Nobel Peace Prize? Or Anti-Bush Prize?
As I was driving to work this morning, I heard this bit of news and was as shocked as most of you probably were: President Barack Obama has won the Nobel Peace Prize.
“Only very rarely has a person to the same extent as Obama captured the world’s attention and given its people hope for a better future,” the Nobel committee said.
President Obama, who said he was “humbled” by the honor, accepted the award this morning as “a call to action.” And, with the exception of gracious congratulations from Senator John McCain (R-AZ) and, surprisingly, Minnesota Governor Tim Pawlenty, the response from conservatives was predictably critical, from liberals predictably laudatory.
My response was probably much like everyone else – shock that a President who has been in power for less than nine months, and who was nominated less than a month after taking office (the nomination deadline is February 1), could win an award that is associated with great accomplishments. Other than possibly the Stimulus (whose merits and successes are very much up for debate), what has he accomplished since becoming President? Certainly nothing on the world stage, which is what the Nobel Peace Prize is for.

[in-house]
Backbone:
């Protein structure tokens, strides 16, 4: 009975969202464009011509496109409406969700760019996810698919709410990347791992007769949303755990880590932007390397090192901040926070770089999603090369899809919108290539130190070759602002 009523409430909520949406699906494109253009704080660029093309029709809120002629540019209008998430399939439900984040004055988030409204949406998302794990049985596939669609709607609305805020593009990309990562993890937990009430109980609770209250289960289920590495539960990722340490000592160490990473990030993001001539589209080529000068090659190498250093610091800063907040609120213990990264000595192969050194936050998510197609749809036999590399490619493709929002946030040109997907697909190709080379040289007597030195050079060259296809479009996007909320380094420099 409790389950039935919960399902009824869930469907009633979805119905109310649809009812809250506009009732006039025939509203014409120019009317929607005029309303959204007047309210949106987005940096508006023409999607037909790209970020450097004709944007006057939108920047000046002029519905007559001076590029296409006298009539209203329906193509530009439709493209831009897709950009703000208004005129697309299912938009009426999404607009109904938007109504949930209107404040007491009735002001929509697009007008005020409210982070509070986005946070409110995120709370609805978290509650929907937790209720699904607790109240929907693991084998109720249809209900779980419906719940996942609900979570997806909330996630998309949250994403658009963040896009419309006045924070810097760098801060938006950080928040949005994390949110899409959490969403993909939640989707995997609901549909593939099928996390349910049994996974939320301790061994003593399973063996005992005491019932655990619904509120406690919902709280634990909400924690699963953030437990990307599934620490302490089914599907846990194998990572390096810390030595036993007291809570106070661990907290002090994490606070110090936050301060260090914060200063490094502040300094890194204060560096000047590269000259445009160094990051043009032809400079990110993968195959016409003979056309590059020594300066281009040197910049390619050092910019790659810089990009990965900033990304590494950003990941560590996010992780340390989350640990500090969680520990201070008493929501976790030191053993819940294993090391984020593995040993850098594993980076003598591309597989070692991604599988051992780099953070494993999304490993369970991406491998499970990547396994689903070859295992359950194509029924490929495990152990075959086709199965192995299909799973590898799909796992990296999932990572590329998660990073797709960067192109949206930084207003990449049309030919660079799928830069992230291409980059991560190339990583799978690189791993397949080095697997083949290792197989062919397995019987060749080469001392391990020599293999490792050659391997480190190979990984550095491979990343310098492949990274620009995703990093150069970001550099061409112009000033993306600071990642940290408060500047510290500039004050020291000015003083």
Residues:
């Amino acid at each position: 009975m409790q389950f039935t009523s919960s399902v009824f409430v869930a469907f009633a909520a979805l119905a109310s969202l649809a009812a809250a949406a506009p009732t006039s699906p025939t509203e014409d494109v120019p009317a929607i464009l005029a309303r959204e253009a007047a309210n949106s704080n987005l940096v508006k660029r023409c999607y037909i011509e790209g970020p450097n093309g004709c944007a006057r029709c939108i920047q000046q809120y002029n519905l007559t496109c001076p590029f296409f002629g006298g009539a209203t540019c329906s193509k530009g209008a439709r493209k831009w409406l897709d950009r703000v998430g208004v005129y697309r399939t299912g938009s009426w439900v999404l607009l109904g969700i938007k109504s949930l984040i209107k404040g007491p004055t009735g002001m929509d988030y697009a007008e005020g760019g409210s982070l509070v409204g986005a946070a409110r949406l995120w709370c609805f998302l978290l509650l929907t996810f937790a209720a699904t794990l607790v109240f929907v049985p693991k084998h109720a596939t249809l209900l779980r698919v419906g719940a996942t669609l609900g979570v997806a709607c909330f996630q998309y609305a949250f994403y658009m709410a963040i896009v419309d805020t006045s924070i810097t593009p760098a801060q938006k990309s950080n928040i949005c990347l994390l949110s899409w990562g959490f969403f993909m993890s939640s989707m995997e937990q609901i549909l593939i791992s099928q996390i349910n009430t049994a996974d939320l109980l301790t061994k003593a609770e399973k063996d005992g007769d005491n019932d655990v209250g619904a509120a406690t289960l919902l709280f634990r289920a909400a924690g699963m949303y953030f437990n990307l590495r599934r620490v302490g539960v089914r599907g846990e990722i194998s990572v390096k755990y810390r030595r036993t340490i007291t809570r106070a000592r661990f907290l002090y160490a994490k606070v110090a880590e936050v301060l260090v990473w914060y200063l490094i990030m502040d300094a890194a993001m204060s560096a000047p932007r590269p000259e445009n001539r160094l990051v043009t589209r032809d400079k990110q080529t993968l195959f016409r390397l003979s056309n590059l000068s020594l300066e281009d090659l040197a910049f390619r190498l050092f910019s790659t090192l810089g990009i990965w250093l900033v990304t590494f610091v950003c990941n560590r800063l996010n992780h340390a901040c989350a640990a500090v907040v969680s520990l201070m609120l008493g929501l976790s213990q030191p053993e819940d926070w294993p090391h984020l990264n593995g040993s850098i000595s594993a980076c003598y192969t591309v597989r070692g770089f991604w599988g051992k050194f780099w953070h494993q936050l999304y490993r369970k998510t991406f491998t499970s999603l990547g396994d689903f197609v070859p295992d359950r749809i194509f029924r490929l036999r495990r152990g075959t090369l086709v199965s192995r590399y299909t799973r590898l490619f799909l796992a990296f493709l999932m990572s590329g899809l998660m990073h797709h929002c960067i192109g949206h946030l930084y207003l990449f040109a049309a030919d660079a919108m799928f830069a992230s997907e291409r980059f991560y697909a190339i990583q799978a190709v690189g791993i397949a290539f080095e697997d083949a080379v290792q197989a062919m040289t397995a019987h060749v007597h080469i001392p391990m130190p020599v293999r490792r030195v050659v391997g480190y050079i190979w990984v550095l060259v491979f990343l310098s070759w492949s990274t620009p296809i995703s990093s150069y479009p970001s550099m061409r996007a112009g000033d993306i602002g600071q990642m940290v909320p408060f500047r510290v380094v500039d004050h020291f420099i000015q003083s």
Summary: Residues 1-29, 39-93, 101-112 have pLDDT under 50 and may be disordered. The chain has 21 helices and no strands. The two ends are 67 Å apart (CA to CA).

I’m convinced that the Committee picked Obama more as a sign of appreciation that American voters last November ended eight years of their government, let’s face it, giving the middle finger to the rest of the world. There are many times that I worry that Obama is going too far in the opposite direction, but the George W. Bush way definitely was not the right way either. Certainly it wasn’t in the minds of much of the rest of the world.